No Test Cricket For Zimbabwe – ICC

HARARE – The International Cricket Council (ICC) Board has not given Zimbabwe the green light to return to Test cricket amidst reports that twenty-nine players have quit the Zimbabwe cricket team in frustration.

Players, who have quit are Raymond Price, Barney Rogers, Simms, Heath Streak, Mark Vermuelen, Grant Whittal, Craig Wishart, Andy Blignaut, Gary Brent, Stewart Carlisle, Dion Ebrahim, Sean Ervine, Gary ewing, Neil Ferraira, Grant Flower, Andy Flower, Travis Friend, Murray Godwin, Trevor Gripper, Douglas Hondo, Antony Ireland, Neil Johnson, Doug Marrillier,

Mpumelelo Hungwe, Henry Olonga, Andrew Ireland, Neil Johnson, Barney Murphy, and Tinashe Panyangarara.

The report noted that they was a “rather poor existing relationship between the Board and players (past and present) was raised repeatedly”.

The task team reported that there was several high profile disputes between the players and the board in recent years.
“At the time of writing, legal proceedings relating to an assault charge brought by ZC against one it centrally contracted players (Tatenda Taibu) were ongoing”. The report also said a payment dispute between ZC and several players and coach (Phil Simmons) from three years ago remain unresolved.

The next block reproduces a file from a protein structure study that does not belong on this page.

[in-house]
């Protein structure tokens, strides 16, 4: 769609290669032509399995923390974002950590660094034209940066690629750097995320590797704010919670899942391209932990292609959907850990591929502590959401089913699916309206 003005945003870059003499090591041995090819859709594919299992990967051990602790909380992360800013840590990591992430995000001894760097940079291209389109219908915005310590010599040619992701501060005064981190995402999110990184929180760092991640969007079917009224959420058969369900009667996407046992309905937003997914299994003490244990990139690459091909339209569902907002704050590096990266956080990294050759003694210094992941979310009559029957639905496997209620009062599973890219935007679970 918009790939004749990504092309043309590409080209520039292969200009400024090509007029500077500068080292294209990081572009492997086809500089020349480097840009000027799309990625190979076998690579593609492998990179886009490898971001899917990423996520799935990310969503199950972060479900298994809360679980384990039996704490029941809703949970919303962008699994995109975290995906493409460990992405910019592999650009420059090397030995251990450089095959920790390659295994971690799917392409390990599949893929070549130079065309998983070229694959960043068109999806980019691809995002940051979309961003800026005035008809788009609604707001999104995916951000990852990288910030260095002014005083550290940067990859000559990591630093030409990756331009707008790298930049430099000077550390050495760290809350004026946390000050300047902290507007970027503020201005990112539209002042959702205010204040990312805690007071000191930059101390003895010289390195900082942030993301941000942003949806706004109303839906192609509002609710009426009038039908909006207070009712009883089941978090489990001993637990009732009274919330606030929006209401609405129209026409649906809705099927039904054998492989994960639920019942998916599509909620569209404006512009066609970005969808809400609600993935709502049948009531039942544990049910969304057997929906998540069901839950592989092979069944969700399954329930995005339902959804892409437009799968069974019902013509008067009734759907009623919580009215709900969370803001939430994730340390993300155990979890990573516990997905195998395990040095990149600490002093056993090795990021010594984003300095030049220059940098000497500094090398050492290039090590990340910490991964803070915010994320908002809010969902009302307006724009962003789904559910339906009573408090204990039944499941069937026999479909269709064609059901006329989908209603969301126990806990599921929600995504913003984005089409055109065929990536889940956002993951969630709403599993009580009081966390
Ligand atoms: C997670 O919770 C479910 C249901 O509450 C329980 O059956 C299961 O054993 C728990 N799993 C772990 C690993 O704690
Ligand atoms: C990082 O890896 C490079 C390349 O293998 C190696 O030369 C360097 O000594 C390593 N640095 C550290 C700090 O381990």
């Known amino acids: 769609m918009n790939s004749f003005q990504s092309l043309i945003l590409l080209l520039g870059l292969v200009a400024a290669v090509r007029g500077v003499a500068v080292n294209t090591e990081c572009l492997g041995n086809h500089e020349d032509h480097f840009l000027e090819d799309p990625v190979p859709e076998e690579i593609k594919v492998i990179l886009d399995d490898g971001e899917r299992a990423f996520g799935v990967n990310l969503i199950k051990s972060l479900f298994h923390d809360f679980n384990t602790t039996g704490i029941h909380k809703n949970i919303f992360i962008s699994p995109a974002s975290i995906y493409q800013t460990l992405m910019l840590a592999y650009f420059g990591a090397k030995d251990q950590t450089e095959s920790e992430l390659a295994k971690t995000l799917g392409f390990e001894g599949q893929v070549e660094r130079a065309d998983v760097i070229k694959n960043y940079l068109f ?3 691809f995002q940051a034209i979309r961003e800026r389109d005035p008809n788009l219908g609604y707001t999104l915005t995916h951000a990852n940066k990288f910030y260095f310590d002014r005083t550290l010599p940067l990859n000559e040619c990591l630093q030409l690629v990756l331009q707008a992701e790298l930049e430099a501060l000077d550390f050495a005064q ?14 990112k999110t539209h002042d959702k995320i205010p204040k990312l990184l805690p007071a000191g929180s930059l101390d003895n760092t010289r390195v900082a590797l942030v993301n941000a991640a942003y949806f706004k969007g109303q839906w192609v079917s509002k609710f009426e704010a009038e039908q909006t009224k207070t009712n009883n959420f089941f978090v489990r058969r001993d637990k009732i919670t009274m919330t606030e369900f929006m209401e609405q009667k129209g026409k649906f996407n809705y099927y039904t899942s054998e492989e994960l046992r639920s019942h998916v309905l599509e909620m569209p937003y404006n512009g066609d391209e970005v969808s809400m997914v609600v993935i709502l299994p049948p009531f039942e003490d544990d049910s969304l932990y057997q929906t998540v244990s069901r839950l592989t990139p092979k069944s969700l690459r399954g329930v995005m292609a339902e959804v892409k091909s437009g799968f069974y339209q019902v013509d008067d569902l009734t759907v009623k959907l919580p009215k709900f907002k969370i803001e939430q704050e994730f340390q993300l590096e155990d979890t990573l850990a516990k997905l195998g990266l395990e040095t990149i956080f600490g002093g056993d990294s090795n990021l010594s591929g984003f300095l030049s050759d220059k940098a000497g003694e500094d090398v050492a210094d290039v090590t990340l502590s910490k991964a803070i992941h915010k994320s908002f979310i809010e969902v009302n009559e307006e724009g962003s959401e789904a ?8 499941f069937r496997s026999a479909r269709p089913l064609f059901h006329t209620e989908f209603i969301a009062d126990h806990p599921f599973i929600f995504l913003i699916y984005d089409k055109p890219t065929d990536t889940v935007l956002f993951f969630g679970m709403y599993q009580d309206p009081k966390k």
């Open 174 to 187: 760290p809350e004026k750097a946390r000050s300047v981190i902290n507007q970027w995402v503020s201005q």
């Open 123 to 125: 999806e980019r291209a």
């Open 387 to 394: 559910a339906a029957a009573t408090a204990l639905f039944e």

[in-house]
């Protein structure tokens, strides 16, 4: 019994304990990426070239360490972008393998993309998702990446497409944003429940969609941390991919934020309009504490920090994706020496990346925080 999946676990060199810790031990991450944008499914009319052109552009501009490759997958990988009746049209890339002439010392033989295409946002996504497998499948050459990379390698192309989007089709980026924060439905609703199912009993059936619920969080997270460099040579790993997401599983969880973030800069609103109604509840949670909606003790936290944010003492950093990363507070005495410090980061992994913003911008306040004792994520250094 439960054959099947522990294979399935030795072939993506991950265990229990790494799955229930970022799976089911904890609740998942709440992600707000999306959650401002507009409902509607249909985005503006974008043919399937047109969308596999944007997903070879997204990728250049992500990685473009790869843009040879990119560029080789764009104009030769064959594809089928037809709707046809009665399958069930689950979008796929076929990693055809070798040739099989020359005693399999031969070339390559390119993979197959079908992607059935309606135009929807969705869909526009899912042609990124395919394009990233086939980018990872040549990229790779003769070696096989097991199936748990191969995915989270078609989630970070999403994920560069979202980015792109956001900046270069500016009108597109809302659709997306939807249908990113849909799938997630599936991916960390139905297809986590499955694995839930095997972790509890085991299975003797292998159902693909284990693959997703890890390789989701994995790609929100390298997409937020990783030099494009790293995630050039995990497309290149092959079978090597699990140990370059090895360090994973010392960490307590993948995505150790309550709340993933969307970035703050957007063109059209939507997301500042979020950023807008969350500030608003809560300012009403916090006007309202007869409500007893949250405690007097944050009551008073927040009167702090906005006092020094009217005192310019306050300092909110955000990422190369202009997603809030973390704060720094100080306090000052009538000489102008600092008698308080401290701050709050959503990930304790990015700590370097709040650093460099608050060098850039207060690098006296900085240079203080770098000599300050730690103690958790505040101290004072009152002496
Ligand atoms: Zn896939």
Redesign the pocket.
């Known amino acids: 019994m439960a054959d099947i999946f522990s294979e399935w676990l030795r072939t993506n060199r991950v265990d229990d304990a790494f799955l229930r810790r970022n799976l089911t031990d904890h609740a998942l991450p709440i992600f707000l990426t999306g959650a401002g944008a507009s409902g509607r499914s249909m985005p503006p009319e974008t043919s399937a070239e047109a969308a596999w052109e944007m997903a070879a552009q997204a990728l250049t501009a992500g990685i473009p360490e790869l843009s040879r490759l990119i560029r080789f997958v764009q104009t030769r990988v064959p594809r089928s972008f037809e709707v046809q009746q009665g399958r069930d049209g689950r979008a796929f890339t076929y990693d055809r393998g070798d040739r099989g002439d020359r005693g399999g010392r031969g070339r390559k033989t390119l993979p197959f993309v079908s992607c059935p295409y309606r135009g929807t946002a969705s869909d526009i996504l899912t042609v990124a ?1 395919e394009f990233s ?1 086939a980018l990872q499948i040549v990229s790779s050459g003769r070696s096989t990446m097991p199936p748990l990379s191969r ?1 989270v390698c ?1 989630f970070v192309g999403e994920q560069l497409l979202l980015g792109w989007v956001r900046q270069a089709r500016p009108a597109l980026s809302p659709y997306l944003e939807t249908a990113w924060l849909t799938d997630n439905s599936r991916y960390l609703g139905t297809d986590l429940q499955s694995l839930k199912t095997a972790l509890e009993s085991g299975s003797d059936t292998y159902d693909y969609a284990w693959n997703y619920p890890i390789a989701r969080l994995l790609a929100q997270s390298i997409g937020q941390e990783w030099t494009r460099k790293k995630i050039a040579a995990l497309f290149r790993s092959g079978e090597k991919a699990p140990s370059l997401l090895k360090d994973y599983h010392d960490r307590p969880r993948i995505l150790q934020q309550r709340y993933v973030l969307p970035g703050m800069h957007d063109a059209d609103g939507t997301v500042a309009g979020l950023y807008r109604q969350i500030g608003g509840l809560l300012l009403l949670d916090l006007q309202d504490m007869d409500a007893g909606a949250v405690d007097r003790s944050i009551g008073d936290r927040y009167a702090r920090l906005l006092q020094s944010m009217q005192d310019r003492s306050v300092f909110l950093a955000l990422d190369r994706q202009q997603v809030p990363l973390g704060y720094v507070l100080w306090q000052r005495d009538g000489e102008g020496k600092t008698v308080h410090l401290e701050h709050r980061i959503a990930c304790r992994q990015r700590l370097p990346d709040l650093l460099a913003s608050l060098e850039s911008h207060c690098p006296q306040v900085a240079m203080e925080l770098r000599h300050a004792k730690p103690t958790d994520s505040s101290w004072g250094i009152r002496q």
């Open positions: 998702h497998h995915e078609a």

The report said player renumeration is at the heart of the many of more board/player disputes.
The report recommended that Zimbabwe Cricket establishment need to improve its relationship with current and former players and priotise the resolution of long standing disputes.

Zimbabwe withdrew from Tests in January 2006 because of poor performances. At its July 2008 Board meeting the ICC Executive Board appointed a task team to establish the facts and make formal recommendations to the Board on the strategies to assist Zimbabwe to improve its international cricket performances so as to facilitate the earliest possible return to Test match cricket.

The task team headed headed by Dr Julian Hunte as chairman, Arijuna Ranatunga and Haroon Logat (ICC chief executive) presented its final findings Saturday.

The task team said Zimbabwe was not yet  ready to return to Test cricket. The report presented a series of recommendations on how best to assist Zimbabwe to improve its performances so as to allow its return to the Test arena as soon as appropriate.

The report stated that a sustainable return to that form of the game was possible only if Zimbabwe’s national representative sides have satisfied reasonable performance criteria in first-class and other multi-day matches; various structures and processes have been updated in line with recommendations of the task team; domestic structures have been upgraded and a longer and more competitive first-class league is introduced; and there should be an ongoing partnership between Zimbabwe Cricket (ZC) and the ICC Member Services department to track the former’s performance against its strategic plan.

Zimbabwe Cricket accepted the report’s recommendations and agreed to work with the ICC to ensure they are enacted.